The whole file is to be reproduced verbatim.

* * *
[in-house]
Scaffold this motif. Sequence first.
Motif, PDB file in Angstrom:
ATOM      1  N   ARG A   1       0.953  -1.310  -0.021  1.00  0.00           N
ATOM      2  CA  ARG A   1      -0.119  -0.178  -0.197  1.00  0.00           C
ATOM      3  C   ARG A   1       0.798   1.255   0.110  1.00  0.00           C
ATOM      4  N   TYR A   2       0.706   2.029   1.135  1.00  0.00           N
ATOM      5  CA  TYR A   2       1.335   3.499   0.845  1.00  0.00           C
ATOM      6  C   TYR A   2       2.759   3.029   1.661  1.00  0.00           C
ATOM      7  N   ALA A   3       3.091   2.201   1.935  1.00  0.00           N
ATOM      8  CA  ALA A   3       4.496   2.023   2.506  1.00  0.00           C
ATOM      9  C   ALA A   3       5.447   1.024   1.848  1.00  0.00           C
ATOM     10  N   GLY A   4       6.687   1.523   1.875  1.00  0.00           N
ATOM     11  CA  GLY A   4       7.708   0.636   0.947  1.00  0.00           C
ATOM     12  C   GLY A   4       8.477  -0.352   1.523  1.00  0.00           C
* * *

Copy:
[in-house]
Scaffold this motif. Sequence first.
Motif, PDB file in Angstrom:
ATOM      1  N   ARG A   1       0.953  -1.310  -0.021  1.00  0.00           N
ATOM      2  CA  ARG A   1      -0.119  -0.178  -0.197  1.00  0.00           C
ATOM      3  C   ARG A   1       0.798   1.255   0.110  1.00  0.00           C
ATOM      4  N   TYR A   2       0.706   2.029   1.135  1.00  0.00           N
ATOM      5  CA  TYR A   2       1.335   3.499   0.845  1.00  0.00           C
ATOM      6  C   TYR A   2       2.759   3.029   1.661  1.00  0.00           C
ATOM      7  N   ALA A   3       3.091   2.201   1.935  1.00  0.00           N
ATOM      8  CA  ALA A   3       4.496   2.023   2.506  1.00  0.00           C
ATOM      9  C   ALA A   3       5.447   1.024   1.848  1.00  0.00           C
ATOM     10  N   GLY A   4       6.687   1.523   1.875  1.00  0.00           N
ATOM     11  CA  GLY A   4       7.708   0.636   0.947  1.00  0.00           C
ATOM     12  C   GLY A   4       8.477  -0.352   1.523  1.00  0.00           C